Grand Rapids Estate Administration Lawyers
Guidance Through the Probate Process
If you have been named or appointed the personal representative of a loved one's estate, you have various legal obligations to fulfill concerning the management of the decedent's assets. You are responsible for opening the estate, administering the property, and closing the estate. Although estate administration can be broken down into these three general steps, the entire process can be complex and overwhelming. A mistake at any stage can expose you to several liabilities. That is why it is necessary to have a knowledgeable lawyer guide you through the entire process.
At Willis Law, our Grand Rapids estate administration attorneys have extensive experience and are well-versed in the laws concerning these matters. We will help you understand your duties and protect your rights. We can address your concerns, answer your questions, and handle all legal issues to alleviate some of the additional stresses you may be under during this difficult time. Our team recognizes the complexities involved in these cases, and we will work to facilitate an effective and efficient estate administration.
To learn more about how Willis Law can help, contact us at (888) 461-7744 today.
What Is Estate Administration?
Estate administration is the legal process a decedent's estate must go through to validate a will, settle debts, and distribute assets. In Michigan, probate courts oversee these matters to ensure everything is handled according to law.
Estate administration involves the following steps:
- Opening the estate: The decedent's personal representative is responsible for opening the estate, which requires filing a petition with the probate court.
- Administering the estate: Various steps are involved in this part of the process. It includes locating assets, notifying creditors, paying debts, satisfying tax obligations, and distributing assets.
- Closing the estate: The personal representative must wait 5 months after opening the estate before closing it. This ensures that all interested parties had sufficient time to make claims against the estate.
Willis Law has helped individuals and fiduciaries through the estate administration process and is thoroughly familiar with what needs to be done and when. We can clearly explain your duties as a personal representative and ensure that you provide proper notification to interested parties and adhere to required timeframes.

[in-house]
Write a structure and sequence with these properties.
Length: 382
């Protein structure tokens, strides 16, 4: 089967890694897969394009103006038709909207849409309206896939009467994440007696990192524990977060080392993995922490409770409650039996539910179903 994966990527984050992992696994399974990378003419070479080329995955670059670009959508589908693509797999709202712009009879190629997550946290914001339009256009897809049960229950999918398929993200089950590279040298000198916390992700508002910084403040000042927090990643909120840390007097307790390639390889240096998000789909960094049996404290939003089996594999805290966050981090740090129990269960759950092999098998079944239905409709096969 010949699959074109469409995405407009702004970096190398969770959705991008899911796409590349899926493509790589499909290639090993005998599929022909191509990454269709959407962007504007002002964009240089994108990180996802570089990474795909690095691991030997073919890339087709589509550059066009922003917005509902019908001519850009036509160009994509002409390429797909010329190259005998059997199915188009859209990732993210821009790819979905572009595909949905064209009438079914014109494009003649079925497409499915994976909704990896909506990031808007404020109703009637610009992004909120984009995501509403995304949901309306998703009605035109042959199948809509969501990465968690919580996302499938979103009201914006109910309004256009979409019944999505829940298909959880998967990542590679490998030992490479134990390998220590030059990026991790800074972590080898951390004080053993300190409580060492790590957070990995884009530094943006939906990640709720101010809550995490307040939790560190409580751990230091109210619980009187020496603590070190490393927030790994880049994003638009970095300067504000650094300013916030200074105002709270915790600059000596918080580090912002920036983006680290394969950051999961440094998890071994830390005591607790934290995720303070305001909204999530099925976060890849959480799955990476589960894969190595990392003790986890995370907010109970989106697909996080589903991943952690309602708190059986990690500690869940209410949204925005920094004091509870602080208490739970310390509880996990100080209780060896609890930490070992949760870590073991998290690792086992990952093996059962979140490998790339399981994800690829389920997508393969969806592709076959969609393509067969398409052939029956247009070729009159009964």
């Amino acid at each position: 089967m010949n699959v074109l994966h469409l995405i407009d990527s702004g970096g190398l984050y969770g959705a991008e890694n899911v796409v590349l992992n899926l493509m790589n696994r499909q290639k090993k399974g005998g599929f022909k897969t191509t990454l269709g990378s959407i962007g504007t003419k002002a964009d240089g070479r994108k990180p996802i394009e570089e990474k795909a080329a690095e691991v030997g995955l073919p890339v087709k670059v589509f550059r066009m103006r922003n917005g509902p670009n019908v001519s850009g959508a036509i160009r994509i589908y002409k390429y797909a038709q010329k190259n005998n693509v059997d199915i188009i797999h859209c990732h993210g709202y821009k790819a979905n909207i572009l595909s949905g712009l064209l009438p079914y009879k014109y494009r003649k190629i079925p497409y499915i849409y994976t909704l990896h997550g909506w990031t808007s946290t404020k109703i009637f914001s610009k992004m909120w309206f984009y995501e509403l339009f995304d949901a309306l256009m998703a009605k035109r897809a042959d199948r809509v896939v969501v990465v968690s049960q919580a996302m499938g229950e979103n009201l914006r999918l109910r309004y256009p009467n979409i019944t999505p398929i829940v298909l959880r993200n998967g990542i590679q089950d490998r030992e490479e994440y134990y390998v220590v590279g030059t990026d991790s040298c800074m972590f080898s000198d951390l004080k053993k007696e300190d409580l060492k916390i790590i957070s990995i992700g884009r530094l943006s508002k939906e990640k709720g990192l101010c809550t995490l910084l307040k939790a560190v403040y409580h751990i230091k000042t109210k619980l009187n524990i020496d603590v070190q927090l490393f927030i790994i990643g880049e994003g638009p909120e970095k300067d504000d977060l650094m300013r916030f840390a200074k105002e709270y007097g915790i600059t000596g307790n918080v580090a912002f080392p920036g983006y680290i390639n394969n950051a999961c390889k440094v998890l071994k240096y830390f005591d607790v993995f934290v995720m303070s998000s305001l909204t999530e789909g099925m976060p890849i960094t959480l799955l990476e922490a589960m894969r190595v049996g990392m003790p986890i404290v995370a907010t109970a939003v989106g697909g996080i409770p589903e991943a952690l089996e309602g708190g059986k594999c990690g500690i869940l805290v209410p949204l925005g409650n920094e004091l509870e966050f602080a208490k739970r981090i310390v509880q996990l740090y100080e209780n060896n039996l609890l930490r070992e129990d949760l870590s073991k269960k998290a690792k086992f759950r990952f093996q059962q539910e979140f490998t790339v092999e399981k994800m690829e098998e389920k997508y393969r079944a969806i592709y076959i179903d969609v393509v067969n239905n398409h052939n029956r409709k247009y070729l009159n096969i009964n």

What Is Formal and Informal Probate?
In Michigan, estate administration may pass through a formal or informal probate process. The method you should pursue when settling an estate depends on the situation.
With formal probate, a probate judge oversees the entire process. Although this can provide added protection, it involves more steps that can increase the amount of time it takes to administer the estate. Formal probate is preferable for high-value or complex estates.
With informal probate, a probate register oversees the process. Fewer steps are involved, making it less time-consuming than formal probate. However, there are fewer safeguards.
When you turn to our estate administration lawyers in Grand Rapids, we will review your situation and help you make informed decisions about whether to proceed through formal or informal probate.
What Is Supervised and Unsupervised Probate?
Both formal or informal probate can be supervised or unsupervised. If it is supervised, a probate judge will oversee the process, and each step requires court review and approval. With unsupervised probate, the personal representative can move forward without prior approval.
Supervised probate is preferable when:
- The estate is worth more than $22,000
- Disputes may arise
- The estate is large or complex
An interested party may petition for supervised or unsupervised probate at any time. Discuss your situation with Willis Law. Our team can provide advice and counsel about how to proceed with estate administration.
What Is Michigan Law Concerning Small Estate Administration?
If an estate is valued at less than $22,000, it may go through summary administration. This is a simplified process that allows the estate to avoid probate. It is generally less time-consuming and costly than formal or informal probate.
There are several considerations involving summary administration:
- Asset division is determined by Michigan law, not the decedent's will
- A probate judge will review and approve the division of real property
- There is a 28-day waiting period before filing an affidavit of transfer for estates with no real property
- Creditors can still collect on debts for up to 63 days after the assignment of property order was signed
If your loved one had a small estate, speak with our Grand Rapids estate administration attorneys about dividing assets without going through formal or informal probate.
Which Assets Can Avoid Probate?
Not all assets must go through probate.
Those that can avoid this process include:
- Joint property: This includes such things as vehicles with more than one name on the title and joint bank accounts. In this situation, the property passes to the other owner.
- Insurance policies, pensions, IRAs: Benefits from these types of accounts are distributed to the beneficiaries.
- Property named in a trust: If the trust was not established by a will, assets will be distributed according to the document's terms.
Legal Help with Estate Administration in Grand Rapids
You have a lot to consider when settling a loved one's estate. At Willis Law, we are here to help understand the complexities of the process, avoid mistakes, and preserve assets.
Michael J. Willis J.D., C.P.A.
Shaun P. Willis J.D.
Frank D. Willis J.D.
Donald H. Smith, J.D.
Mariko C. Willis, J.D.
Samuel R. Gilbertson J.D.
Jennifer L. Grahek, J.D.
Adam D. Bancroft, J.D.
Davis C. Martin, J.D.
Aric D. Kasel, J.D.
Verelle Kirkwood J.D.
Kristyn Meylenberg J.D.